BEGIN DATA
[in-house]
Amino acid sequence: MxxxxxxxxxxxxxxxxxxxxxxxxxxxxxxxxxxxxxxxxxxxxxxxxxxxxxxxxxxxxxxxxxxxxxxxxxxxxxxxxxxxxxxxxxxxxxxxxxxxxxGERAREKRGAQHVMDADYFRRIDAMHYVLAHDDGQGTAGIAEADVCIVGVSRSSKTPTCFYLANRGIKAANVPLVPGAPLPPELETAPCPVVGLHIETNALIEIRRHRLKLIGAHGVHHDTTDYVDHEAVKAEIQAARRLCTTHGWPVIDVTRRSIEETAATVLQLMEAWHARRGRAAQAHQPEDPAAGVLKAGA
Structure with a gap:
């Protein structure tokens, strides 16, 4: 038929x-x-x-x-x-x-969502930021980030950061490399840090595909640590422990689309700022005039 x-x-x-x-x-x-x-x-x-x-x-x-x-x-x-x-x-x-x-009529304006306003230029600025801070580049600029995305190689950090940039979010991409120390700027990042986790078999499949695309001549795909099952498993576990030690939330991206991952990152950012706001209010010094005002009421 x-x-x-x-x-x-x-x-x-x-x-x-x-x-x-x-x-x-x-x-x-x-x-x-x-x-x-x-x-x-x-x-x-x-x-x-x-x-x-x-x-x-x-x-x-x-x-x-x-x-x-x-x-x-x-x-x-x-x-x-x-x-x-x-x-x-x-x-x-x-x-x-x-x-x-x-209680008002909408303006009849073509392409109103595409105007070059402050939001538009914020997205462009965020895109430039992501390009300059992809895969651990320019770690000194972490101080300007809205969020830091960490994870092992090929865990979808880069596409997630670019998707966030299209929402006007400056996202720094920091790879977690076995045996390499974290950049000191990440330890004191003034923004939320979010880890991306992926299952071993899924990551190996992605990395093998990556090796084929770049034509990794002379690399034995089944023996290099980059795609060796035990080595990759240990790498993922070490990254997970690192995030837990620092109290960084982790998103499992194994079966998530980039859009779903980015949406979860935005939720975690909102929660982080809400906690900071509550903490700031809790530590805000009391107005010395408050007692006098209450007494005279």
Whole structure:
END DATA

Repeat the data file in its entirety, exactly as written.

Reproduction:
[in-house]
Amino acid sequence: MxxxxxxxxxxxxxxxxxxxxxxxxxxxxxxxxxxxxxxxxxxxxxxxxxxxxxxxxxxxxxxxxxxxxxxxxxxxxxxxxxxxxxxxxxxxxxxxxxxxxxGERAREKRGAQHVMDADYFRRIDAMHYVLAHDDGQGTAGIAEADVCIVGVSRSSKTPTCFYLANRGIKAANVPLVPGAPLPPELETAPCPVVGLHIETNALIEIRRHRLKLIGAHGVHHDTTDYVDHEAVKAEIQAARRLCTTHGWPVIDVTRRSIEETAATVLQLMEAWHARRGRAAQAHQPEDPAAGVLKAGA
Structure with a gap:
């Protein structure tokens, strides 16, 4: 038929x-x-x-x-x-x-969502930021980030950061490399840090595909640590422990689309700022005039 x-x-x-x-x-x-x-x-x-x-x-x-x-x-x-x-x-x-x-009529304006306003230029600025801070580049600029995305190689950090940039979010991409120390700027990042986790078999499949695309001549795909099952498993576990030690939330991206991952990152950012706001209010010094005002009421 x-x-x-x-x-x-x-x-x-x-x-x-x-x-x-x-x-x-x-x-x-x-x-x-x-x-x-x-x-x-x-x-x-x-x-x-x-x-x-x-x-x-x-x-x-x-x-x-x-x-x-x-x-x-x-x-x-x-x-x-x-x-x-x-x-x-x-x-x-x-x-x-x-x-x-x-209680008002909408303006009849073509392409109103595409105007070059402050939001538009914020997205462009965020895109430039992501390009300059992809895969651990320019770690000194972490101080300007809205969020830091960490994870092992090929865990979808880069596409997630670019998707966030299209929402006007400056996202720094920091790879977690076995045996390499974290950049000191990440330890004191003034923004939320979010880890991306992926299952071993899924990551190996992605990395093998990556090796084929770049034509990794002379690399034995089944023996290099980059795609060796035990080595990759240990790498993922070490990254997970690192995030837990620092109290960084982790998103499992194994079966998530980039859009779903980015949406979860935005939720975690909102929660982080809400906690900071509550903490700031809790530590805000009391107005010395408050007692006098209450007494005279």
Whole structure: